• For this type of group, scheduling is really important. They like to know what the schedule is in advance. Use a chalkboard to post the schedule of the day or make an announcement of the itinerary for the day.
  • Adults like to have a variety of food and drink on hand. Possibly offer a buffet, keep the fruit basket always out, and coffee always on; offer a plentiful variety of food.
  • You should not expect from a grandparent any discipline of the grandchild. Your own camp rules should be well expressed; often the grandparent won't correct the camper, so the counselor may need to confirm camp rules.
  • You need lots of lead time, because it takes three different generations to plan when this is going to happen. Kids' summer schedules are booked quickly. It's not just the grandparent and child, the parent's schedule needs to be included.

Programs for Adults

Shannon Grieve, director
Camp Good Days and Special Times
Branchport, New York
Program: Multiple programs for adults diagnosed with cancer or sickle-cell anemia and adults who have family members diagnosed with these diseases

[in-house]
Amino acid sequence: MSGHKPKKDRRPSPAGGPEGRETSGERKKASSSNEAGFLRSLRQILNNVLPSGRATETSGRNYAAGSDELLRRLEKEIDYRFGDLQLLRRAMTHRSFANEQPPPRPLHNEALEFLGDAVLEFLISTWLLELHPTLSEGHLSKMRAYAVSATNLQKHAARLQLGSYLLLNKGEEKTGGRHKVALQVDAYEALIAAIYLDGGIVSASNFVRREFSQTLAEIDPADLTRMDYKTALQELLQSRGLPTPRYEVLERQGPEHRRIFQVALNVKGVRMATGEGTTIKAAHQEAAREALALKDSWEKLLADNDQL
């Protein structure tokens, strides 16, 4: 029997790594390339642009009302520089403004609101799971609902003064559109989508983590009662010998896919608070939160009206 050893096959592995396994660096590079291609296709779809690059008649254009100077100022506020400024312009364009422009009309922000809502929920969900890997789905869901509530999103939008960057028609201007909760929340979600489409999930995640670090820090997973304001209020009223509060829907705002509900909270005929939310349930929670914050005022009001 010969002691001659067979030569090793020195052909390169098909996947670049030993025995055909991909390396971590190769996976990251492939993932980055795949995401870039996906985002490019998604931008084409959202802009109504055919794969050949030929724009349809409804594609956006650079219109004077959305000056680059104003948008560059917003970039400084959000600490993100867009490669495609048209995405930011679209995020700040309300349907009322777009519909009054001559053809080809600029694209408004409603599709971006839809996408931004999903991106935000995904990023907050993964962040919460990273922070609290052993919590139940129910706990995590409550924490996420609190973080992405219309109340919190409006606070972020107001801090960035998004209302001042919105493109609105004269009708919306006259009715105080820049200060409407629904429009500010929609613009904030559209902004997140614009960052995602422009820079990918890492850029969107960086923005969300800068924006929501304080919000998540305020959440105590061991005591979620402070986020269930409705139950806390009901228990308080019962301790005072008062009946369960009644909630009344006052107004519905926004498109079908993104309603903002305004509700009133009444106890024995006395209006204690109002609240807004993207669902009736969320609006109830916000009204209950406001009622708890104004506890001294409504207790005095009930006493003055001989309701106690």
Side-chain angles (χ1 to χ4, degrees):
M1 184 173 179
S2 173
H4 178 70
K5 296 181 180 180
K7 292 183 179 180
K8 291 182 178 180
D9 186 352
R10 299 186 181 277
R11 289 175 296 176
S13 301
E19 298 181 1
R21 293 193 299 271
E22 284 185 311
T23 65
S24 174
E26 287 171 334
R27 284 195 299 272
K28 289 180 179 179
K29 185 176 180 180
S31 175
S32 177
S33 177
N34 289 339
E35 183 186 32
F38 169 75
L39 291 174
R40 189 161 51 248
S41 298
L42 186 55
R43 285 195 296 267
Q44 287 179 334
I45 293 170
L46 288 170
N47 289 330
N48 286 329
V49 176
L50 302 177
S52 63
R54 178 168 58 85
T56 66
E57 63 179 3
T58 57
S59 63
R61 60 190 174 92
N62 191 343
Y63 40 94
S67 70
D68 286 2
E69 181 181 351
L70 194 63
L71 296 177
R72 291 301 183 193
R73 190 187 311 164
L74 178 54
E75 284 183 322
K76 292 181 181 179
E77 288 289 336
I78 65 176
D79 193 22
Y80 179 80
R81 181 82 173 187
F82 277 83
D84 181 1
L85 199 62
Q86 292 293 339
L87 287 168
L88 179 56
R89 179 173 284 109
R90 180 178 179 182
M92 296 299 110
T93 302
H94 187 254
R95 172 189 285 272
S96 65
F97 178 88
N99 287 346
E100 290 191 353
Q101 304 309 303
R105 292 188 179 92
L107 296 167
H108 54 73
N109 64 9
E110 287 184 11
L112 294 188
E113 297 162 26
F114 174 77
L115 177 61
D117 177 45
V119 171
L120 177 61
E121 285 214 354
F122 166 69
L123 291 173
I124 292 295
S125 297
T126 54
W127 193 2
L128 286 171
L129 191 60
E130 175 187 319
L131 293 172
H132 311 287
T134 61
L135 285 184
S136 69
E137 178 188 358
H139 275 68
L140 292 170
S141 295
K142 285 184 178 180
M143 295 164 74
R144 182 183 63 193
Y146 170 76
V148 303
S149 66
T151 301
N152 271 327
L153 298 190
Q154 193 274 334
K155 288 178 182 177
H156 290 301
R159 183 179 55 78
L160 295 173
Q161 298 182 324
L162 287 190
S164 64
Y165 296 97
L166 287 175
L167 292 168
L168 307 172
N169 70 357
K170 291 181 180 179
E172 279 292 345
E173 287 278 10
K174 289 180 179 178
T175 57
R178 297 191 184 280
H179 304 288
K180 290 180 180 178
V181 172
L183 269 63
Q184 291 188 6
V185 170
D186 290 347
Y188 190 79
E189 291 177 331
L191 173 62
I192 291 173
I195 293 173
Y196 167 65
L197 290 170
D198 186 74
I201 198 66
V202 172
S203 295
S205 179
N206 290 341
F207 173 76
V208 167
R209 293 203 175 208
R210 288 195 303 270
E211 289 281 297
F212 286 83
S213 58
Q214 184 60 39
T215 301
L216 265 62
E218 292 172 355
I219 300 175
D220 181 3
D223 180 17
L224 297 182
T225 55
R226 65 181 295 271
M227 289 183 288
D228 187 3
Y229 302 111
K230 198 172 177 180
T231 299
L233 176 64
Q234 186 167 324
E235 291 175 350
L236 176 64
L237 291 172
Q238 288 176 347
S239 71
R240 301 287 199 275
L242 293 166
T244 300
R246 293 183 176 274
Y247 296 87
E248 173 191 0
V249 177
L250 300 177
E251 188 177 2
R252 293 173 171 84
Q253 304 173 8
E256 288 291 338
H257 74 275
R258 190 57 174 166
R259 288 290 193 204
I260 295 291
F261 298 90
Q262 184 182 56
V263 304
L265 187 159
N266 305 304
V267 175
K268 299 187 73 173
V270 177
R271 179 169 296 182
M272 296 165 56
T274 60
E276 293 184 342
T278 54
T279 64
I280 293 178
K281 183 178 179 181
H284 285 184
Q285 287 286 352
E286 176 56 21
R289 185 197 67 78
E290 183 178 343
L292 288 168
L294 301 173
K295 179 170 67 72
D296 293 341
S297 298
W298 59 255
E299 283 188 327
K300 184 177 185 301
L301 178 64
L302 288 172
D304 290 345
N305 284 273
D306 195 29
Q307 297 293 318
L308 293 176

Session length: Weekend as well as one-week resident sessions
Number of participants: Approximately 210 campers served each summer.

What are the benefits to your camp in offering programming just for adults?
I think it's not only realizing the benefit of camp for their children, but understanding that adults can take away from camp just as much as the kids can. That is the unique opportunity that camp affords.

What are the benefits for the participants?
Our adult programs are so unique in that they are structured like the children's programs. This gives the opportunity for individuals to be themselves; friendships and bonds that come out of the adult programs are amazing to see. They will say the best friends they ever made they met at camp. They may run into each other at the hospital or chemo treatment, but camp is a different environment. They meet life friends.

Points to Consider